# On Particle Phenomenology Without Particle Ontology: How Much Local Is Almost Local?

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## Abstract

Recently, Clifton and Halvorson have tried to salvage a particle phenomenology in the absence of particle ontology within algebraic relativistic quantum field theory. Their idea is that the detection of a particle is the measurement of a local observable which simulates the measurement of an almost local observable that annihilates the vacuum. In this note, we argue that the measurements local particle detections are supposed to simulate probe radically holistic aspects of relativistic quantum fields. We prove that in an axiomatic (Haag-Araki) quantum field theory on Minkowski spacetime, formulated in a Hilbert space \(\mathcal{H}\), there is no positive observable *C*, with norm less than or equal to 1, satisfying the conditions: (1) the expectation value of *C* in the vacuum state *Ω* is zero, (2) there is at least one vector state *Ψ* in \(\mathcal{H}\) in which the expectation value of *C* is different from zero, and (3) there exists at least one spacetime region \(\mathcal{O}\) such that the non-selective measurement of *C* leaves the expectation values of all observables in the local algebra of that region unaltered regardless of the state the system is in. The result reveals a tension between intuitions regarding localization and intuitions regarding causality: to save “particle phenomena” in the absence of particle ontology, one has to feign “particle” detectors with “good” properties as to locality but “bad” behavior as to causality.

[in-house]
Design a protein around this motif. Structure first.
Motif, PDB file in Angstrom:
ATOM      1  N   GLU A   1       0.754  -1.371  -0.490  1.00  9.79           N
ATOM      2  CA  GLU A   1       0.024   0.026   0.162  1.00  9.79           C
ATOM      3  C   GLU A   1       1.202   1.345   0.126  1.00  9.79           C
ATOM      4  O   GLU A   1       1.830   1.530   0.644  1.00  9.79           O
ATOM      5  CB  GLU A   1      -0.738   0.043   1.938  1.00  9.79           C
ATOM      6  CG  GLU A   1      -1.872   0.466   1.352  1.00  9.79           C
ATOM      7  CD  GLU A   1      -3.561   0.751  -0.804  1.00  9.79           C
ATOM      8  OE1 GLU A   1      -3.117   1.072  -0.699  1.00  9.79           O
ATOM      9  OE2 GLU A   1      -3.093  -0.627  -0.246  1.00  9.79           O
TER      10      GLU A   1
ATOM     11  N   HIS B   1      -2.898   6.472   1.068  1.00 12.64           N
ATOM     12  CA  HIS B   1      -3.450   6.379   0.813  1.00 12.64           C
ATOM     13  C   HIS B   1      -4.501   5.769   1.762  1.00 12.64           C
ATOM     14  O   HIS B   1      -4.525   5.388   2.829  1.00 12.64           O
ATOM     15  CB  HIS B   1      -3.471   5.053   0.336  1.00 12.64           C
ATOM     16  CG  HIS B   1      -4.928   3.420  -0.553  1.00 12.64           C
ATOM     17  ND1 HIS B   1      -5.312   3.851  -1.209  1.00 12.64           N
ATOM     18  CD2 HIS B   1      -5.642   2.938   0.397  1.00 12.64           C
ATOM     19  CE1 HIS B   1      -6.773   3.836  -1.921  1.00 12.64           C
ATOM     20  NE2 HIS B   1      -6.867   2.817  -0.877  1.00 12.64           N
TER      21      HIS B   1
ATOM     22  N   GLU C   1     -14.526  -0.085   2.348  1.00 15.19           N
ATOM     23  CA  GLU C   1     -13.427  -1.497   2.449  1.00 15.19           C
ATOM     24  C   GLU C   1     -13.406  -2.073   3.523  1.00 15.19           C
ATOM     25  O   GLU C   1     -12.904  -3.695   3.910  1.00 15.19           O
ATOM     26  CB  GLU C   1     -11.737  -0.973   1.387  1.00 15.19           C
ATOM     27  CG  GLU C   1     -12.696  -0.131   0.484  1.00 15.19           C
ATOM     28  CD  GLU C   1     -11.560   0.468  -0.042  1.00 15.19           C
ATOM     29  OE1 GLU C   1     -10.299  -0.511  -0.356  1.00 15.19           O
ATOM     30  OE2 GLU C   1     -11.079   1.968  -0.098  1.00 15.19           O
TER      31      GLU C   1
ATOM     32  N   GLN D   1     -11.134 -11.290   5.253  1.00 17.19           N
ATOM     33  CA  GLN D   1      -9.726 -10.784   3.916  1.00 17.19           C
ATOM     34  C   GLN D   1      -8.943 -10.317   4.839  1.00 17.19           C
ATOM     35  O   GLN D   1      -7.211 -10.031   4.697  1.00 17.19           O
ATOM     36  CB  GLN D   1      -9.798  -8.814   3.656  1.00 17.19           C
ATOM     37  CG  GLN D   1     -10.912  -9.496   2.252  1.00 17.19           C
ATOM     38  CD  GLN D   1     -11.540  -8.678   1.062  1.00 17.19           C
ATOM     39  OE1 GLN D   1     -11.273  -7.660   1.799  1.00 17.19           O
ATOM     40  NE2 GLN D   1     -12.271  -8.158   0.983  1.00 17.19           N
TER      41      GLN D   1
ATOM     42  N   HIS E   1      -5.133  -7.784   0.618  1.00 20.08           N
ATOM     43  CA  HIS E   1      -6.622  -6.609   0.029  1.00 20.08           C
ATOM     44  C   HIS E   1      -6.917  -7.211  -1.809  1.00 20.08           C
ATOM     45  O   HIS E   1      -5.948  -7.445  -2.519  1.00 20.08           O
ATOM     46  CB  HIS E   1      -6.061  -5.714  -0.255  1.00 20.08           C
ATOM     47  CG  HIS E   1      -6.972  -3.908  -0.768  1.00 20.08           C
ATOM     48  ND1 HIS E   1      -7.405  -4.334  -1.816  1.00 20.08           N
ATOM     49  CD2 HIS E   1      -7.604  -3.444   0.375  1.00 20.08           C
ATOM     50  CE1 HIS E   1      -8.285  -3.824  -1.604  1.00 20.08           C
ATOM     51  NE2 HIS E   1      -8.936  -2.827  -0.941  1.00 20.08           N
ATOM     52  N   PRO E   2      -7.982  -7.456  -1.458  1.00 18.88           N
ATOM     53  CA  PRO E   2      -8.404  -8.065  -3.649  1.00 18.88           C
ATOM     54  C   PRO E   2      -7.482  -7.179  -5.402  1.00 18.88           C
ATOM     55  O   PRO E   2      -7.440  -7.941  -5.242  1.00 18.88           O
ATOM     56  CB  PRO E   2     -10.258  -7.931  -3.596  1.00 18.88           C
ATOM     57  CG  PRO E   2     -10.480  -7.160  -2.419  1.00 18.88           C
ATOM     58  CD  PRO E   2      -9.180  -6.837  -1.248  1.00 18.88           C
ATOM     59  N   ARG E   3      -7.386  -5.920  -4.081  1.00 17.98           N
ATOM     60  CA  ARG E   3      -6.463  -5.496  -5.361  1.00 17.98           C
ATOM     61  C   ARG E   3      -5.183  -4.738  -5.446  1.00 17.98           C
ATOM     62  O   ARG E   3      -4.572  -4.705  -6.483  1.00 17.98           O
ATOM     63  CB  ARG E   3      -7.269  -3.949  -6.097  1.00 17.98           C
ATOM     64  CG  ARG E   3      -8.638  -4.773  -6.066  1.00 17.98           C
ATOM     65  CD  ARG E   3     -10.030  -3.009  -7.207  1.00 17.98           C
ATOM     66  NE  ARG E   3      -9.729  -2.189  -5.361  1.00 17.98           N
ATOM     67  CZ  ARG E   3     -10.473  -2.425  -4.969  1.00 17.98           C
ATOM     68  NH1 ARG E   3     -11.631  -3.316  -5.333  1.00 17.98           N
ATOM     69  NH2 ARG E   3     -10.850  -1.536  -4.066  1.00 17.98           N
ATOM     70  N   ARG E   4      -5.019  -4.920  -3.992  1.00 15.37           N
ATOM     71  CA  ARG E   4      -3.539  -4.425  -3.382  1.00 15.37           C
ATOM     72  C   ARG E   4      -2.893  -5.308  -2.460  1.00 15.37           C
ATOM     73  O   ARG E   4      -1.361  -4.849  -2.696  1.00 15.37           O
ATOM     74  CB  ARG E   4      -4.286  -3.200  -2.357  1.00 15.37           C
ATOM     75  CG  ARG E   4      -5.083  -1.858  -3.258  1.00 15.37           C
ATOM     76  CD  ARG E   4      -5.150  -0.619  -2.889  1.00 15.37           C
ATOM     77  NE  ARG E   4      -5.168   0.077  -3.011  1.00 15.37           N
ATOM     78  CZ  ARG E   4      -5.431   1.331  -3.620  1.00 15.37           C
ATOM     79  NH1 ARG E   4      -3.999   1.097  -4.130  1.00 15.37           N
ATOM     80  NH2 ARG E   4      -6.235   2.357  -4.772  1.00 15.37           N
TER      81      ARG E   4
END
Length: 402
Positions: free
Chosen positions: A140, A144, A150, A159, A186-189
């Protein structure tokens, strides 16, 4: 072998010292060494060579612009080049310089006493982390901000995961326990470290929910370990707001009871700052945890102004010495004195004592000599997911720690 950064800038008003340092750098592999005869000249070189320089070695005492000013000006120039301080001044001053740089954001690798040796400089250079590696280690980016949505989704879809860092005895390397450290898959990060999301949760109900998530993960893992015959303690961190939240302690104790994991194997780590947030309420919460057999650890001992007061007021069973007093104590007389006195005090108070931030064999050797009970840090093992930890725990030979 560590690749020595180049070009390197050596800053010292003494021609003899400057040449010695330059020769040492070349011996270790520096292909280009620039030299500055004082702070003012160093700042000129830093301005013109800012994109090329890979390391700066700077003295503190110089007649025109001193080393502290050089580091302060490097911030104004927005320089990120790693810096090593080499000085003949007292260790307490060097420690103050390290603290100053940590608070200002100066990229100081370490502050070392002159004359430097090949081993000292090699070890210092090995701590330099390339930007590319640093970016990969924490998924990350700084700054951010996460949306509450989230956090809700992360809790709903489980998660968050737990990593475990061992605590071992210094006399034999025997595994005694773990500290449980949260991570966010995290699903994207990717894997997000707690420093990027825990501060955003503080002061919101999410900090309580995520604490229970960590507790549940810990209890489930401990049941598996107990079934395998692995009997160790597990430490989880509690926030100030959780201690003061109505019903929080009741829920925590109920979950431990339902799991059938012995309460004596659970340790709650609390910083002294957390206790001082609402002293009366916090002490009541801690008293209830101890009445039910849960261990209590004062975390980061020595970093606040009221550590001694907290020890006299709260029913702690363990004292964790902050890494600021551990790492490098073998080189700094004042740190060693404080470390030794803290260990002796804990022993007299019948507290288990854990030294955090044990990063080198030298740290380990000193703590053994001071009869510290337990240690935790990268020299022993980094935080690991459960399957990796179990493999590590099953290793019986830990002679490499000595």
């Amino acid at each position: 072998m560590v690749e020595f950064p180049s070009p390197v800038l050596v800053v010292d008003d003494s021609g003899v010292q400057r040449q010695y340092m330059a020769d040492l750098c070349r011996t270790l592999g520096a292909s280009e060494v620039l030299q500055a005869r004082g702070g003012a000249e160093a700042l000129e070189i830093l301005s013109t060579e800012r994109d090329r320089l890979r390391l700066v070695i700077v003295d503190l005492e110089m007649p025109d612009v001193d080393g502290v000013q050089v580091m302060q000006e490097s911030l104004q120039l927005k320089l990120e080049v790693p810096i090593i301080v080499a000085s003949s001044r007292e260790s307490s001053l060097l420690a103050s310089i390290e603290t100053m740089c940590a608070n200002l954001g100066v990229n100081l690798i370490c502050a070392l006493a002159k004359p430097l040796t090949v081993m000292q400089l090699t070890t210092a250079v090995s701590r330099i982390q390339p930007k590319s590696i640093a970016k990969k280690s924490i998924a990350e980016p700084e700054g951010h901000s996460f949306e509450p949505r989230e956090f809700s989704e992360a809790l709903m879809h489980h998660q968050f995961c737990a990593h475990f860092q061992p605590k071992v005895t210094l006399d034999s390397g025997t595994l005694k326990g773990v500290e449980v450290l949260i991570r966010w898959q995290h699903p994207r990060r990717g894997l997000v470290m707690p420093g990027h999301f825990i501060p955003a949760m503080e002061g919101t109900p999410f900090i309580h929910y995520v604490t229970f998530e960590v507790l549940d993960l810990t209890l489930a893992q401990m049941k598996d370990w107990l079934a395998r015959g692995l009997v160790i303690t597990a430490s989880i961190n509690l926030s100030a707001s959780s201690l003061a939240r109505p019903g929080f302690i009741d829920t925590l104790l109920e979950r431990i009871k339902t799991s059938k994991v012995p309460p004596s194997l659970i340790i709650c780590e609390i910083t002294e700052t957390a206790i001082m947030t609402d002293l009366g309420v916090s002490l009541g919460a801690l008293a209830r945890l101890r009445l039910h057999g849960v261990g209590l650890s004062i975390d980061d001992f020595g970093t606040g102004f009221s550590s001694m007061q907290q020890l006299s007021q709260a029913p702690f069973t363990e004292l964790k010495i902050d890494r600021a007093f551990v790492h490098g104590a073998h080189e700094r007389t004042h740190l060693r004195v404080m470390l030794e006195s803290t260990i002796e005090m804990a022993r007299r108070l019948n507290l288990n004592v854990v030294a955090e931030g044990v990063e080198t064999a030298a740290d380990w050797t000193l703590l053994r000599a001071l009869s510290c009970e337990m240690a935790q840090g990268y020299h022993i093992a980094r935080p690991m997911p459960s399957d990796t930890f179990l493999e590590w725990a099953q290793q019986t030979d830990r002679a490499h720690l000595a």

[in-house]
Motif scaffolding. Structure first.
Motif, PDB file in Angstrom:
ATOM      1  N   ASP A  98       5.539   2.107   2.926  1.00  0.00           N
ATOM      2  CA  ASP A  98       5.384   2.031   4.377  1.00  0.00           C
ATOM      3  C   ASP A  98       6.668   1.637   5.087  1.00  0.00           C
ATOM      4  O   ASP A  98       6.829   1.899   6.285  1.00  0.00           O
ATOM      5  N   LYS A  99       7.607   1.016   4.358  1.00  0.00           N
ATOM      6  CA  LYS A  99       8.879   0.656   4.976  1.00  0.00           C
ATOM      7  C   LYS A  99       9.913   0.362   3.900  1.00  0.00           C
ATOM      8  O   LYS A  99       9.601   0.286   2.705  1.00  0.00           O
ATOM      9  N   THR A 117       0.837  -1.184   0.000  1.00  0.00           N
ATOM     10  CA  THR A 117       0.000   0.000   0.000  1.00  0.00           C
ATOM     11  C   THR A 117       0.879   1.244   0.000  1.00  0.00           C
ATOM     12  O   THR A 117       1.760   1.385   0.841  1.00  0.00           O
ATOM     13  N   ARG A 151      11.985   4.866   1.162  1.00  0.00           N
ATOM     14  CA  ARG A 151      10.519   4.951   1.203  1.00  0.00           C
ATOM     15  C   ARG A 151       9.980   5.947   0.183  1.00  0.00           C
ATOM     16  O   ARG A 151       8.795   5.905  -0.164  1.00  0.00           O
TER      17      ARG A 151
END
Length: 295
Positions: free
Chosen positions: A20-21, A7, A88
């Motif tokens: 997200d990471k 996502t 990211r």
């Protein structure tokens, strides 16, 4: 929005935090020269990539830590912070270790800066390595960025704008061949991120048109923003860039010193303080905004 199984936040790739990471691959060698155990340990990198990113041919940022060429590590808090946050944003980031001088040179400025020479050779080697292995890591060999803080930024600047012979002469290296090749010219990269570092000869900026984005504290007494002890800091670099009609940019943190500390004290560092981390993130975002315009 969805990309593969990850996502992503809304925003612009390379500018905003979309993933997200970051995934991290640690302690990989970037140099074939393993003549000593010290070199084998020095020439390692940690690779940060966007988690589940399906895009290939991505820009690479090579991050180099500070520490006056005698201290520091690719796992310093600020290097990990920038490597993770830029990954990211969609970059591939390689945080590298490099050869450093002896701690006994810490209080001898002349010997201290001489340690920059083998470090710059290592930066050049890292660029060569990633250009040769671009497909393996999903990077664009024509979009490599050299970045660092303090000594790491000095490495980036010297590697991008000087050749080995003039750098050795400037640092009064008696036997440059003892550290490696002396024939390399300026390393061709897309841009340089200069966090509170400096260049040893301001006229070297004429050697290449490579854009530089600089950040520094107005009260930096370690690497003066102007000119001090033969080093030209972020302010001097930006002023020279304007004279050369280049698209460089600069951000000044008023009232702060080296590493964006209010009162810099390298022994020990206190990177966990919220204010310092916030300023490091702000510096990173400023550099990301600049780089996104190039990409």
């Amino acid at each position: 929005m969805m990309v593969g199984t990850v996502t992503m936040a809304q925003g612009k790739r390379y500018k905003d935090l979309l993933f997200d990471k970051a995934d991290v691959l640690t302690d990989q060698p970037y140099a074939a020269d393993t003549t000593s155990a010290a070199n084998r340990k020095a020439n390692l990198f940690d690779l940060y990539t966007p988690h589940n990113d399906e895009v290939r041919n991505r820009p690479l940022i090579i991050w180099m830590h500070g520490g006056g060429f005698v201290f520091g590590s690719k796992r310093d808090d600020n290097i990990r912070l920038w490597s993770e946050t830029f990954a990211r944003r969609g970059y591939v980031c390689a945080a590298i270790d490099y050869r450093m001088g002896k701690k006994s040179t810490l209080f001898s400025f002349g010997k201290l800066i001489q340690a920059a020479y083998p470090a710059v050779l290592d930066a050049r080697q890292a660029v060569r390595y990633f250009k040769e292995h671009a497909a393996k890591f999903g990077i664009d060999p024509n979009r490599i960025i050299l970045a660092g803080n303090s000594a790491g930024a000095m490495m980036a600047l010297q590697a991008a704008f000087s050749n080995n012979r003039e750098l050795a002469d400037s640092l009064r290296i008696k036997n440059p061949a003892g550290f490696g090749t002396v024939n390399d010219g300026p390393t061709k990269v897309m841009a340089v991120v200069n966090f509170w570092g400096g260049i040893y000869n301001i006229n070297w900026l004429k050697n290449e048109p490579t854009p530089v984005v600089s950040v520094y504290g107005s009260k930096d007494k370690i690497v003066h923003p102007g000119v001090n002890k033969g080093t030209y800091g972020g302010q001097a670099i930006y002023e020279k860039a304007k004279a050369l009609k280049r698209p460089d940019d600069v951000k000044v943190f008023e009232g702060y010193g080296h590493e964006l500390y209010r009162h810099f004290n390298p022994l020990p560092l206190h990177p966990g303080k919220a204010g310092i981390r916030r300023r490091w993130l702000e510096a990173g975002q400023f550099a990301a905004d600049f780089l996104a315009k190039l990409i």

## Keywords

Particle detection Locality Particle ontology Particle phenomenology Causality Localization Algebraic relativistic quantum field theory## Notes

### Acknowledgements

This research has been co-financed by the European Union (European Social Fund—ESF) and Greek national funds through the Operational Program “Education and Lifelong Learning” of the National Strategic Reference Framework (NSRF)—Research Funding Program: THALIS-UOA-Aspects and Prospects of Realism in the Philosophy of Science and Mathematics (APRePoSMa). We wish to thank two anonymous reviewers of this Journal for valuable comments and suggestions.

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